procuracy, to ask why a religious meeting in a private home (specifically
permitted in Turkmenistan's constitution) was raided.

The raid on the Khazar Baptist church came a month after a raid in the
capital Ashgabad on a meeting of the Word of Life Protestant Church,
which resulted in massive fines for some 40 people, the expulsion of three
foreign citizens to Russia and two week imprisonment for several
participants (see KNS 5 December 2001), and a raid on an Adventist
meeting in the town of Turkmenabad (formerly Charjou), during which
six people were briefly detained and religious publications confiscated
(see KNS 7 December 2001). The hosts of both these meetings have been
threatened with the loss of their flats, though so far this has not happened.
(END)

II. AZERBAIJAN: EIGHT-MONTH BAN ON BAPTIST SERVICES
OVERRIDDEN

by Felix Corley, Keston News Service

A Baptist church in the western Azerbaijani town of Gyanja held its first
public service yesterday (20 December) after an official of the State
Committee for Relations with Religious Organisations in the capital Baku
overrode a ban on the church's public worship issued by the local police
last April. Pastor Boris Kuliev told Keston News Service from Gyanja on
20 December that the official, Zemfira Rzayeva of the State Committee's
registration department, gave the verbal assurance the previous day when
the church lodged its re-registration application at her office in Baku.
"She said we could meet and declared that no-one had the right to ban
us," Kuliev told Keston.

Ilya Zenchenko, the head of the Baptist Union in Azerbaijan to which the
Gyanja church belongs, told Keston on 12 December that this had been a
difficult year for the church. "For six months it could not meet," he
complained. "However, we believe the problems are on the way to being
resolved."

The Gyanja church, which has existed for more than a hundred years and
which gained registration in 1967 under the restrictive Soviet-era
legislation, was banned by the police, who claimed that because it had not
undergone the compulsory re-registration of all religious organisations in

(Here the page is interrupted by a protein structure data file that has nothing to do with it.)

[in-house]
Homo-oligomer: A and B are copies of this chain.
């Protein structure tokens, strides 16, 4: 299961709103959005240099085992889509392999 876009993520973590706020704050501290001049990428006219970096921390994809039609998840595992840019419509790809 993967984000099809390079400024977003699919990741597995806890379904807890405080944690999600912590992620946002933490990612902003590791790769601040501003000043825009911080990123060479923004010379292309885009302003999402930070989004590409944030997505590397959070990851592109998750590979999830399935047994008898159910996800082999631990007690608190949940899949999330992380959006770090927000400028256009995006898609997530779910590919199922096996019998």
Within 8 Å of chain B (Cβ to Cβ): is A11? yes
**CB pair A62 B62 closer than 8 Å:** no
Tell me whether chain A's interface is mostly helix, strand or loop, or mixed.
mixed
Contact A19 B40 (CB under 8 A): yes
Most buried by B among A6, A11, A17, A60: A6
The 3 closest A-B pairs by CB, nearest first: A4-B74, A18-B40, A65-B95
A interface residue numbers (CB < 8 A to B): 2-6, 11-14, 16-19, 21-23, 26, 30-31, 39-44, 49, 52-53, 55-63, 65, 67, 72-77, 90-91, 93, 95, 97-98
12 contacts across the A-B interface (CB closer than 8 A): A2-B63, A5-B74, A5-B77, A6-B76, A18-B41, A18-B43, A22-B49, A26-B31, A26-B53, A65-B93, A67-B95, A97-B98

1997 it was functioning illegally. "The police came during a Sunday
service, took me off to the police station and told me to halt services until
they church gained re-registration," Kuliev recounted. "They said it was
illegal to meet without this." Azerbaijan's published laws do not require
religious groups to register to be able to function, and the vast majority of
religious communities, especially mosques, function without state
registration.

"We had gained re-registration in 1994, but not in 1997 as no-one told us
we needed it," Kuliev reported. "When we asked officials at the time they
said we didn't need re-registration and when we did they would tell us."
They were banned from continuing to use a state-owned building which
they had turned into a prayer house (though they continued to pay the
rent), and between April and October they had to meet in private homes.
"Despite the ban we resumed our services in our rented prayer house in
October, and no-one has touched us."

In the wake of the April ban on meeting, the church lodged its re-
registration documents with the old Directorate for Religious Affairs
(which has now been subsumed into the new State Committee), but for
months there was no progress. However, Kuliev reports that when the
application was submitted this week under the new regulations introduced
in the autumn, which require all religious organisations to apply for re-
registration by 31 December (see KNS 12 December 2001), there were no
problems. "Everything was handled correctly. We expect to get re-
registration earlier in the new year."

Kuliev would like to build his own church for the congregation so that it
would not have to rely on rented premises. However, he told Keston that
his congregation does not have the money to do so.

Both Zenchenko and Kuliev reported that the Gyanja Adventist church
had had similar problems during the year. (END)

Copyright (c) 2001 Keston Institute. All rights reserved.